they had been invited to exercise their pre-emptive right, they no
longer had the one-month period in which to do so that was provided in
the impugned order, the Supreme Administrative Court rejected it as,
even supposing that the complaint was made out, it disclosed no defect
in the order as such.

19.   On 10 November and 23 December 1987 the applicants brought two
actions for a declaration in the Athens Court of First Instance
seeking, firstly, a ruling that the increase in capital was null and
void and, secondly, an order that the OAE should compensate the
company's existing shareholders.

      In two judgments on 4 November 1988 (nos. 5136/88 and 7817/88)
the court found against the applicants.

      2.   The proceedings to challenge the reduction of capital

20.   On 8 May 1987 the applicants made an application to the Supreme
Administrative Court for judicial review of the ministerial order
approving the OAE's decision to reduce Athinaïki Khartopiia's capital
(see paragraph 14 above).

21.   On 16 June 1987 the applicants also brought an action for a
declaration in the Athens Court of First Instance, which (in judgment
no. 1481/88) stayed the proceedings on account of the appeal pending
in the Athens Court of Appeal (see paragraph 12 above).  At the date
of the hearing before the European Court the proceedings had not ended.

      3.   The proceedings to challenge the second increase in capital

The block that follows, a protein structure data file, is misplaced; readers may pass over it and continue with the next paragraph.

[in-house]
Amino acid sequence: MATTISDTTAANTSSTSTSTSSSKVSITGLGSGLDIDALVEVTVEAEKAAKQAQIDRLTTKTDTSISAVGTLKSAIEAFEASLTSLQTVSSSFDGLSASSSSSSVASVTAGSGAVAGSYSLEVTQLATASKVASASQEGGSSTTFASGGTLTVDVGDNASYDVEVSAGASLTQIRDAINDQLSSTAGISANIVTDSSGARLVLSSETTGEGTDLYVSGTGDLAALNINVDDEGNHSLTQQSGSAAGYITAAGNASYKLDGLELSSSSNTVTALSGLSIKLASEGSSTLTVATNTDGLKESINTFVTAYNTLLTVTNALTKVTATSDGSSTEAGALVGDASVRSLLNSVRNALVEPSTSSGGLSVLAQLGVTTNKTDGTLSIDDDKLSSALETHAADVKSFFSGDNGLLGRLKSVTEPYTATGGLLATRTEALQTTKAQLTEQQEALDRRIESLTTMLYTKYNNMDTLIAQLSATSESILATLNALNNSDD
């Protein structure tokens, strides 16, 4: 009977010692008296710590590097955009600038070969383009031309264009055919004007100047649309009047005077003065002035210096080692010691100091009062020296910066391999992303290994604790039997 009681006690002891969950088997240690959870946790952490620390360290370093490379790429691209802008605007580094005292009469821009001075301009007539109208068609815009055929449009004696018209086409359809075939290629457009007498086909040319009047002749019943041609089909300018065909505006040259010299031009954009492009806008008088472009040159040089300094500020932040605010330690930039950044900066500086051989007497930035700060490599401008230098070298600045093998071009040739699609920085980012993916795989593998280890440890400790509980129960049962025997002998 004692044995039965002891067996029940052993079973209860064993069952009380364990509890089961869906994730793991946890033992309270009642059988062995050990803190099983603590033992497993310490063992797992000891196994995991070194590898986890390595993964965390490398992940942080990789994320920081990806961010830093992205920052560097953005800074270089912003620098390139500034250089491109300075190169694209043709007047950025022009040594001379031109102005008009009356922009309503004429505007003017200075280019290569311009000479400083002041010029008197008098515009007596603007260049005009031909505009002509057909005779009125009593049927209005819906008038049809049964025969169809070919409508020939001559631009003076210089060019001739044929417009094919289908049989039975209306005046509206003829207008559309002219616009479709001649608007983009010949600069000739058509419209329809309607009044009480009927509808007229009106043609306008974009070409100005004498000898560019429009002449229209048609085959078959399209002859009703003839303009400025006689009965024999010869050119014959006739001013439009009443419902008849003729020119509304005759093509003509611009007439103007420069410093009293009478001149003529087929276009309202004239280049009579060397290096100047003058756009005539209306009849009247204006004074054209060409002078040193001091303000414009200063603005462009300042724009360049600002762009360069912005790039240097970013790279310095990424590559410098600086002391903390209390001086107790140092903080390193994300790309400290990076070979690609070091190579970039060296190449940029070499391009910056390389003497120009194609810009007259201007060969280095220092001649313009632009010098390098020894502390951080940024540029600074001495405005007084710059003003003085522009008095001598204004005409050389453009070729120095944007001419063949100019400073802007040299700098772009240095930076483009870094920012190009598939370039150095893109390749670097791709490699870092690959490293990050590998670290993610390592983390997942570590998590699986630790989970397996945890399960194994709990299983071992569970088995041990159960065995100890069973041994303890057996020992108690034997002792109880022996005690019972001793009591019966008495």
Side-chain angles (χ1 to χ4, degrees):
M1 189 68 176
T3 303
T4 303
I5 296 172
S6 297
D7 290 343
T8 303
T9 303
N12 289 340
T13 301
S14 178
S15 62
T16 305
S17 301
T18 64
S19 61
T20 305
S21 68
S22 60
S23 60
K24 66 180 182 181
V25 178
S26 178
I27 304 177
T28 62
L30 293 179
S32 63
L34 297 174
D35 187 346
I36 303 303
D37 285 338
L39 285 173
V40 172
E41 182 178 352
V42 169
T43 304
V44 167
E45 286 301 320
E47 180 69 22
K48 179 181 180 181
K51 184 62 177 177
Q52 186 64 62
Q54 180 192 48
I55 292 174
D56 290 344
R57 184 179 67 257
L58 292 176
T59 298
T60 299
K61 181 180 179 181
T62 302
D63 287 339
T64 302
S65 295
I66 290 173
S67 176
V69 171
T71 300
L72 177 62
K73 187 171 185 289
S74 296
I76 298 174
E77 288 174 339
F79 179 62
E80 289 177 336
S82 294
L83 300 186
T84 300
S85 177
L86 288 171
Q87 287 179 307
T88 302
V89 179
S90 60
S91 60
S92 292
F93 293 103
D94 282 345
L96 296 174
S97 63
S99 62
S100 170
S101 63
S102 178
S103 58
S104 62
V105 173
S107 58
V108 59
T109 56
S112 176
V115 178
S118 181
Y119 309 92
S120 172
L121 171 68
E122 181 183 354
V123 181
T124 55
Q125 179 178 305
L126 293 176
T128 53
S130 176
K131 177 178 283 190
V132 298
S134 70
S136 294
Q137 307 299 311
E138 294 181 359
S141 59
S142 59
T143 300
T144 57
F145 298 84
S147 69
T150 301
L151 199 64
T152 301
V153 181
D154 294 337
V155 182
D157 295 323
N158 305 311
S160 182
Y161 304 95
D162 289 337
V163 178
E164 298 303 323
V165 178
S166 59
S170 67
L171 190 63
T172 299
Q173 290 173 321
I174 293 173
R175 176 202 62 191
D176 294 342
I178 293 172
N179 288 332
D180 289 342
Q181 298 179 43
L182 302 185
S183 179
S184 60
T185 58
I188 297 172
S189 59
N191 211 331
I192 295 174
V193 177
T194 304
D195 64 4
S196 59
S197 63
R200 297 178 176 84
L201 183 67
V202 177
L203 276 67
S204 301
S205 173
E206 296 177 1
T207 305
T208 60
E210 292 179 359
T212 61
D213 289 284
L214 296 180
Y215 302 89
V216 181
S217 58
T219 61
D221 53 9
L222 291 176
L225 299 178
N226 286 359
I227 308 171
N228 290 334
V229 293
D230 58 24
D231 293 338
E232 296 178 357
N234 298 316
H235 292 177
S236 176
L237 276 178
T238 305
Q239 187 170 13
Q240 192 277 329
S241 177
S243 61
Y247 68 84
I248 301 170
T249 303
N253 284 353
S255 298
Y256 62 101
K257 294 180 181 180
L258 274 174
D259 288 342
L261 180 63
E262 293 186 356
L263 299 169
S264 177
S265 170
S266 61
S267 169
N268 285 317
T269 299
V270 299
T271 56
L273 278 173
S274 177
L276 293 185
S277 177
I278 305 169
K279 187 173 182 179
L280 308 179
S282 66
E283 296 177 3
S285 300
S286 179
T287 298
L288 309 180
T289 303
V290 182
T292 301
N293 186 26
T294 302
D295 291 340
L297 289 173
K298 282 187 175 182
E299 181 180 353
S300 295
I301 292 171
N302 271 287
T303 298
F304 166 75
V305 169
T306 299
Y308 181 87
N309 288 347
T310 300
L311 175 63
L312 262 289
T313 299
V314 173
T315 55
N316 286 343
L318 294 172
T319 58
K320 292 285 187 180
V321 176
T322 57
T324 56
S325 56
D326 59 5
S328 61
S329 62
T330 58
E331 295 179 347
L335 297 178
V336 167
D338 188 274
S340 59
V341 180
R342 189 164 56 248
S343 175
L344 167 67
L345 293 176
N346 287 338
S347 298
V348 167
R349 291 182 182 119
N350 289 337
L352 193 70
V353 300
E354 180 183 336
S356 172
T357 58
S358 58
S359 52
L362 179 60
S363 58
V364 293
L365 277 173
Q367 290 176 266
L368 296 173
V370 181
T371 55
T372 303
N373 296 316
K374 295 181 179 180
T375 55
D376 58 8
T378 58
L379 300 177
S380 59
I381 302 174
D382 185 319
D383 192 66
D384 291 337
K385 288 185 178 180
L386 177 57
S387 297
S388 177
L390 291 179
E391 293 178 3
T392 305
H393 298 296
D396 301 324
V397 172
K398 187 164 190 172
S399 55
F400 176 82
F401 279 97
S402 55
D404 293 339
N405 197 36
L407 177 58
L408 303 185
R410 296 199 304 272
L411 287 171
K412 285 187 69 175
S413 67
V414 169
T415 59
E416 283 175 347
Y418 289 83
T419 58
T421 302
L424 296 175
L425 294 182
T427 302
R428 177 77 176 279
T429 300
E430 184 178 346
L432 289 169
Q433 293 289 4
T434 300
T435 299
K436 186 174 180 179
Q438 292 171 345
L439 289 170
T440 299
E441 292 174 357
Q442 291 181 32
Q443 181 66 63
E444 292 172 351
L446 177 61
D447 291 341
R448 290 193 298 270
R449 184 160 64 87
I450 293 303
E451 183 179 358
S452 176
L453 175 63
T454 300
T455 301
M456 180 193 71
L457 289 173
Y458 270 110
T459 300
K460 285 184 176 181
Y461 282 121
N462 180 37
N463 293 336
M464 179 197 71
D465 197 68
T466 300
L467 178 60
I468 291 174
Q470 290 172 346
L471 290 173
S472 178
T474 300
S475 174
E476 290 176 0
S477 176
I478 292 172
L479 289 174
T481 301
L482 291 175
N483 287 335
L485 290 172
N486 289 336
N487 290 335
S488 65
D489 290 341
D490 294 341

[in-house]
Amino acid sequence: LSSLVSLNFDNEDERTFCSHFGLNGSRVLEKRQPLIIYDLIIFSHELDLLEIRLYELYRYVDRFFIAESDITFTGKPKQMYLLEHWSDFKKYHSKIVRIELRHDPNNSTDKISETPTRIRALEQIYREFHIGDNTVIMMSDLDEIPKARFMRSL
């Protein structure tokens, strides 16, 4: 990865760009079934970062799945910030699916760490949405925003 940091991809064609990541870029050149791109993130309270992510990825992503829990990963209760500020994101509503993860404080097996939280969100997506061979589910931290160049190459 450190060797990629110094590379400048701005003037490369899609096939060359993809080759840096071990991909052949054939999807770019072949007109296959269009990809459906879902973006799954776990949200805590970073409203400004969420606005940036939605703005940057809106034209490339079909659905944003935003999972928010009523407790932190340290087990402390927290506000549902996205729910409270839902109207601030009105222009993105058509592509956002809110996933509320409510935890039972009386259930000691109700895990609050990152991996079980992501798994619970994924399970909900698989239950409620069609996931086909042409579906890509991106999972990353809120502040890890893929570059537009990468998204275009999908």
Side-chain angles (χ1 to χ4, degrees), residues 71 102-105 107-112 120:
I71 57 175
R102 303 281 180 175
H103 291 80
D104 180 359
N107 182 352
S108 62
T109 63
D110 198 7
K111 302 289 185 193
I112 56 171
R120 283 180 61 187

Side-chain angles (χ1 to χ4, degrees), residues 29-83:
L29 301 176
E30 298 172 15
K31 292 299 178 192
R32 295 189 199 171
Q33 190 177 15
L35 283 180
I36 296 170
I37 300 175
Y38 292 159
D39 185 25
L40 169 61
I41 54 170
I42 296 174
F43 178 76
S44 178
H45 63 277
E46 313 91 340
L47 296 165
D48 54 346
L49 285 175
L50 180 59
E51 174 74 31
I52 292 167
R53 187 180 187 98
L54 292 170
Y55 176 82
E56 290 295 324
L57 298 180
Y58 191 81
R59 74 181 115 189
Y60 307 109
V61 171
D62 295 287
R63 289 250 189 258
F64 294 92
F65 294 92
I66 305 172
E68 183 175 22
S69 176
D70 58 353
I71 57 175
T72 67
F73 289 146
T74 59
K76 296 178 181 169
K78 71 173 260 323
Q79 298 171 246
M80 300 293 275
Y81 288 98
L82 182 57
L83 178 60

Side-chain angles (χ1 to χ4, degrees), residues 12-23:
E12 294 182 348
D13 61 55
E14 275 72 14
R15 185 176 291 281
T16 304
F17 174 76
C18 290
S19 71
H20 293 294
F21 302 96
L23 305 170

22.   The applications for judicial review of Ministerial Order
no. 360/87 (see paragraph 15 above) made by the applicants to the
Athens Administrative Court of Appeal and the Supreme Administrative
Court on 12 June and 13 July 1987 and their two actions in the Athens
Court of First Instance seeking a declaration that the second increase
in capital was null and void were still pending at the date of the
hearing before the European Court.

D.    The actions for damages against the OAE and the State

23.   On 24 January 1990 and 29 May and 20 November 1991 the applicants
brought four actions for damages against the OAE and the State in the
Athens Court of First Instance and the Athens Administrative Court.
In these they sought compensation for the damage allegedly caused them
by the OAE's management of the company and by the unlawful increases
in capital.  These actions, which were still pending at the date of the
hearing before the Court, were founded on the Civil Code provisions on
the State's liability in tort and unjust enrichment.

II.   Relevant domestic law

A.    Law no. 1386 of 5 August 1983 establishing the Business Revival
      Agency

24.   The OAE was established by Law no. 1386 of 5 August 1983 and is
a public limited company under the supervision of the State.

      Designed to serve the public interest, it contributes to the
country's economic and social development by putting businesses on a
sound financial footing, importing and applying foreign technological
know-how and developing Greek technological know-how, and setting up
and running nationalised or semi-public businesses (section 2 (2) of
the Law).

      To achieve these objectives the OAE may, among other things, take
over the management of businesses being rehabilitated or nationalised,